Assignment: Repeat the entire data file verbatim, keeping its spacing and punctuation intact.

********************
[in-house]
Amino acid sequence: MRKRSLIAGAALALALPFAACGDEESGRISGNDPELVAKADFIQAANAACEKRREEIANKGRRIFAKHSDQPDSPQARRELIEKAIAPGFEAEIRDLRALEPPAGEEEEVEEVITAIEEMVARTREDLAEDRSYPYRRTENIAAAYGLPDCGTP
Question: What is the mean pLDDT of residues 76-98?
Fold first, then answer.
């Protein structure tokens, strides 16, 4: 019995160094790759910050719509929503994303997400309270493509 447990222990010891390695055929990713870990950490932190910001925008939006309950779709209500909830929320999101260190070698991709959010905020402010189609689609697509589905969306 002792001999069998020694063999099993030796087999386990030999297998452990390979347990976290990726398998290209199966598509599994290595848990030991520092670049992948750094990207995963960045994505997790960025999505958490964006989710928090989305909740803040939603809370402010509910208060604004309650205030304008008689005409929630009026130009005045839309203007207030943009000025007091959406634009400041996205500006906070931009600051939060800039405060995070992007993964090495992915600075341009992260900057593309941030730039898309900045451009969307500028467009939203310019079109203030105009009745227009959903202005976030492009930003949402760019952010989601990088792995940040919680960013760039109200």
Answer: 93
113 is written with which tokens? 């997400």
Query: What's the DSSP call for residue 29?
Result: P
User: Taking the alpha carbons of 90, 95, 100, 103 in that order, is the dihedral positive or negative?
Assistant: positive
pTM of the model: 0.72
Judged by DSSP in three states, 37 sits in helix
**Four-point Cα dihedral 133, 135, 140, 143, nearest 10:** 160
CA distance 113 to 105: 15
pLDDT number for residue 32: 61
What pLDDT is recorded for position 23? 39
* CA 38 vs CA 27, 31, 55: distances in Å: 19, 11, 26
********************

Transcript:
[in-house]
Amino acid sequence: MRKRSLIAGAALALALPFAACGDEESGRISGNDPELVAKADFIQAANAACEKRREEIANKGRRIFAKHSDQPDSPQARRELIEKAIAPGFEAEIRDLRALEPPAGEEEEVEEVITAIEEMVARTREDLAEDRSYPYRRTENIAAAYGLPDCGTP
Question: What is the mean pLDDT of residues 76-98?
Fold first, then answer.
């Protein structure tokens, strides 16, 4: 019995160094790759910050719509929503994303997400309270493509 447990222990010891390695055929990713870990950490932190910001925008939006309950779709209500909830929320999101260190070698991709959010905020402010189609689609697509589905969306 002792001999069998020694063999099993030796087999386990030999297998452990390979347990976290990726398998290209199966598509599994290595848990030991520092670049992948750094990207995963960045994505997790960025999505958490964006989710928090989305909740803040939603809370402010509910208060604004309650205030304008008689005409929630009026130009005045839309203007207030943009000025007091959406634009400041996205500006906070931009600051939060800039405060995070992007993964090495992915600075341009992260900057593309941030730039898309900045451009969307500028467009939203310019079109203030105009009745227009959903202005976030492009930003949402760019952010989601990088792995940040919680960013760039109200």
Answer: 93
113 is written with which tokens? 């997400």
Query: What's the DSSP call for residue 29?
Result: P
User: Taking the alpha carbons of 90, 95, 100, 103 in that order, is the dihedral positive or negative?
Assistant: positive
pTM of the model: 0.72
Judged by DSSP in three states, 37 sits in helix
**Four-point Cα dihedral 133, 135, 140, 143, nearest 10:** 160
CA distance 113 to 105: 15
pLDDT number for residue 32: 61
What pLDDT is recorded for position 23? 39
* CA 38 vs CA 27, 31, 55: distances in Å: 19, 11, 26